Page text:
Making Is a Stance Toward Learning: Combining Learner Agency with Tinkering, Debugging and Project-based Learning

The tyranny of correct answers masks a vital and essential element of learning — the practice of debugging. When you make something, however, especially something that involves code and/or electronic or mechanical components, it is to be expected that your project will not work the first time you turn it on. Coding and making involves a great deal of systematic problem-solving to find and eliminate bugs.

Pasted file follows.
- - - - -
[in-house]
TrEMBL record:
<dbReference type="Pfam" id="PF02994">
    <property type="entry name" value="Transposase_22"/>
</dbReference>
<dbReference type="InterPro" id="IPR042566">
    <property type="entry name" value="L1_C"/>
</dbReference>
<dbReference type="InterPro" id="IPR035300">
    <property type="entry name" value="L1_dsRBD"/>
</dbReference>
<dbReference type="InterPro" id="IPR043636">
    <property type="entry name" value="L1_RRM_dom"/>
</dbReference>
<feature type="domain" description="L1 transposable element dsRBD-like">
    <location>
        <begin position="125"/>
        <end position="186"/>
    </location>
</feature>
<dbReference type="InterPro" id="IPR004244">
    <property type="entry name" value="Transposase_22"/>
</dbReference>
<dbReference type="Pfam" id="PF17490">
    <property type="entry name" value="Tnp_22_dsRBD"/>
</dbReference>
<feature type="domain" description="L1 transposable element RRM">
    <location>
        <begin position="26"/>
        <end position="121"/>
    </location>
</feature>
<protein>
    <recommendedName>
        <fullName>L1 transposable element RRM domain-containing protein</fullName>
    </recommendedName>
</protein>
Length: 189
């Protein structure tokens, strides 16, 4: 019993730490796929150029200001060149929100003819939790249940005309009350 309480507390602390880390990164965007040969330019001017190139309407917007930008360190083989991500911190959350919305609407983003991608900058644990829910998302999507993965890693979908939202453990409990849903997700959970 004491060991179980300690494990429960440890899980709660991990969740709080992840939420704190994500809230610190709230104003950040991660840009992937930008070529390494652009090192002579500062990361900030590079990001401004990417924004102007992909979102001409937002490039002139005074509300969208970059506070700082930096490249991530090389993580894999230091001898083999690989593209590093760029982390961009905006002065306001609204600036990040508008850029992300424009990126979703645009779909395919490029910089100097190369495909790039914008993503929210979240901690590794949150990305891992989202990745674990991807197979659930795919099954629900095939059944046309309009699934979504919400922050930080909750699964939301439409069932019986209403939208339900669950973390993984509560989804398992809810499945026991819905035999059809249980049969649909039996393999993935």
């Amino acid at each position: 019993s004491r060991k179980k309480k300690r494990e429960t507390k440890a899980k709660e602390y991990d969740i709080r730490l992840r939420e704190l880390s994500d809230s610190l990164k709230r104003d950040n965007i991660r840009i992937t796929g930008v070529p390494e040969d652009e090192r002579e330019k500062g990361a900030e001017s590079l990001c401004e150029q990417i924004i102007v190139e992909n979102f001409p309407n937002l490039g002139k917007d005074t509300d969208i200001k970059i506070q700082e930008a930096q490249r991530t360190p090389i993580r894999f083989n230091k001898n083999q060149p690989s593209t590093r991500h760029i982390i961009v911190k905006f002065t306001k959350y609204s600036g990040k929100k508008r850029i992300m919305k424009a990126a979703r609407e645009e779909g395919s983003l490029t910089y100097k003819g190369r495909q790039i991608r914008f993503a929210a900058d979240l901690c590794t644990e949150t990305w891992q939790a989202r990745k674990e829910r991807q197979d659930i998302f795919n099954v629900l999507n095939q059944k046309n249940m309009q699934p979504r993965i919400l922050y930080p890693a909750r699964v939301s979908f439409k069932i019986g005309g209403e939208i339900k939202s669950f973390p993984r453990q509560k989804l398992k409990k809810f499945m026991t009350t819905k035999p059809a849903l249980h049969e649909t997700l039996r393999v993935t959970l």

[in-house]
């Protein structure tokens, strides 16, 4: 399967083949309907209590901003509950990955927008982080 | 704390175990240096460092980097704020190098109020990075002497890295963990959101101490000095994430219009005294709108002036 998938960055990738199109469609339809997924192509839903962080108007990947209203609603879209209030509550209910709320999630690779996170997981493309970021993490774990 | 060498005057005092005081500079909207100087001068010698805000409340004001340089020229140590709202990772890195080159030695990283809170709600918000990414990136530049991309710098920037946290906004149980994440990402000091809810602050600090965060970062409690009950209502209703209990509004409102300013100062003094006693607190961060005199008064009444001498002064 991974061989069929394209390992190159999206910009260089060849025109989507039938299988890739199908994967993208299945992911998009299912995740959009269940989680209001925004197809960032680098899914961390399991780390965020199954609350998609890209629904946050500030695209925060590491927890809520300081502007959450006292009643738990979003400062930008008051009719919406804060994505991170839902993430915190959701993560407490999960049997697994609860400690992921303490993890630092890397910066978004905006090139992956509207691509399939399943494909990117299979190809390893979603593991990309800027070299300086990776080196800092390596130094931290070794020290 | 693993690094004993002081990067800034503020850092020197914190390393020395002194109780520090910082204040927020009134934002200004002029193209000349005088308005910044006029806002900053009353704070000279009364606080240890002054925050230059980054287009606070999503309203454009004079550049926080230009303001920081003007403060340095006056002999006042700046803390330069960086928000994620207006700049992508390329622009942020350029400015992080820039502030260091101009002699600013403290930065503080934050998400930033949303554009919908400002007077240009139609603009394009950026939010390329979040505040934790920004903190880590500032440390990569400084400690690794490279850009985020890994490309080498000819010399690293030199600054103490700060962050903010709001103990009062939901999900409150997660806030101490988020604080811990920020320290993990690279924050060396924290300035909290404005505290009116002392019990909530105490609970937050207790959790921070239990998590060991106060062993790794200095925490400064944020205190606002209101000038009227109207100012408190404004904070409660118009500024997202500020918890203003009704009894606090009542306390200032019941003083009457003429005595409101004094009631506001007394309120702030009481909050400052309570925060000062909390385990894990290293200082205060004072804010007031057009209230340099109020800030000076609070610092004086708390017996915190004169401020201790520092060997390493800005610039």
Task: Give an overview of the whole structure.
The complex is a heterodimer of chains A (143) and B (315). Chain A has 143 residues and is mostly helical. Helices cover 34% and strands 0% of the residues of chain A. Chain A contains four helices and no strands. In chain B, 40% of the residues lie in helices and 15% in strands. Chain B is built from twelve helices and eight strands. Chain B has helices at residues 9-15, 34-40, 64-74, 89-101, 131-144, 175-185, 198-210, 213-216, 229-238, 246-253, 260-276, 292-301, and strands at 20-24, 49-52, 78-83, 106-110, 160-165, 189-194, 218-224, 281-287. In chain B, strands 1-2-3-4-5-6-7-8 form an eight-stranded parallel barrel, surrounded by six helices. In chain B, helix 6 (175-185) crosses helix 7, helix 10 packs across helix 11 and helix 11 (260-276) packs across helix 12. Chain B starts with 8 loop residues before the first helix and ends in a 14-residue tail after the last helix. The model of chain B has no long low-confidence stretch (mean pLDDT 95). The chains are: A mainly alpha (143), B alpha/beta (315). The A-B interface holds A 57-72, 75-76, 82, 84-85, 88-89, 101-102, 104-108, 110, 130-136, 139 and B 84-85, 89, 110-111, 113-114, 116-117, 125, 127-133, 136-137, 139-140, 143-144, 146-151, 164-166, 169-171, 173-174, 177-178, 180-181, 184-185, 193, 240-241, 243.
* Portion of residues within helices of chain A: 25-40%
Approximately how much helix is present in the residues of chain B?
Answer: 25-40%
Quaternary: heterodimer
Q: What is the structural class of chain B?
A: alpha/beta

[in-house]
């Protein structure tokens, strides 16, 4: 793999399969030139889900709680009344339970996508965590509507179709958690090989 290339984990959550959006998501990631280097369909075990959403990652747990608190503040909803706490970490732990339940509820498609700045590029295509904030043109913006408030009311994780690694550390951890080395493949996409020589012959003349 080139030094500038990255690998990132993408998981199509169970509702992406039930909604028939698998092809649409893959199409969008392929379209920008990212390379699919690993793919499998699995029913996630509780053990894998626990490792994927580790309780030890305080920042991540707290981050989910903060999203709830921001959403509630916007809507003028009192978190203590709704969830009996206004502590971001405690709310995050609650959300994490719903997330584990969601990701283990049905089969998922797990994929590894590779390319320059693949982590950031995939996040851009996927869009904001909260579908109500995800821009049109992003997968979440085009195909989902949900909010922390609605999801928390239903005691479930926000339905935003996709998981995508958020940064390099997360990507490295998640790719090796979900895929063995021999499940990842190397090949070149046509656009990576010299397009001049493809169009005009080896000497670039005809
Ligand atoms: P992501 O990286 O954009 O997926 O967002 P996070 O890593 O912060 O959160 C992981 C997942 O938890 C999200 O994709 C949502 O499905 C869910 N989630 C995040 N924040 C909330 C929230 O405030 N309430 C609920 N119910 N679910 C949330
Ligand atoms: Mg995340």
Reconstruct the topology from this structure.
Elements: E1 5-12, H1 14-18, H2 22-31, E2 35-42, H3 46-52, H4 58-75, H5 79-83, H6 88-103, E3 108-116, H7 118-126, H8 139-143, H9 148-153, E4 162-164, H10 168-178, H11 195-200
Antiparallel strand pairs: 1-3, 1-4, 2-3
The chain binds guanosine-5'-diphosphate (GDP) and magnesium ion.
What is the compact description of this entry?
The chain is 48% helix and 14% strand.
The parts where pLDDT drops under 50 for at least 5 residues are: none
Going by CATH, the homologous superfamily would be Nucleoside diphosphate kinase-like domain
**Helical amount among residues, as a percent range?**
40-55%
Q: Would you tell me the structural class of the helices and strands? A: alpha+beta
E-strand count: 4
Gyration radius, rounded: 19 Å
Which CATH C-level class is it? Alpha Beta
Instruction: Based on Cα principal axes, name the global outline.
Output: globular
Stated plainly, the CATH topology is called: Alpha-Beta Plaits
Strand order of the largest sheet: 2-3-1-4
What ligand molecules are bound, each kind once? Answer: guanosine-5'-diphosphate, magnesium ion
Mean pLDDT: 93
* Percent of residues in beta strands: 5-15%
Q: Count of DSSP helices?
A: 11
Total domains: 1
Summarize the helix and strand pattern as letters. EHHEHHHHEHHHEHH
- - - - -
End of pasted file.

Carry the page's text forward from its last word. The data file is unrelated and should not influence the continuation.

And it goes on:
There’s nothing like the feeling when the last bug has been squashed and your creation beeps or moves or lights up. This kind of learning isn’t confined to tangible DIY projects. Confining learning to memorizing the right answers or grooving in a particular procedure deprives learners of the kind of systematic tinkering, debugging and discovery that can bring joy and insight to any subject. And, an important meta-lesson can be learned: errors and bugs are clues, not signs of failure; perseverance can turn wrong guesses into right answers.

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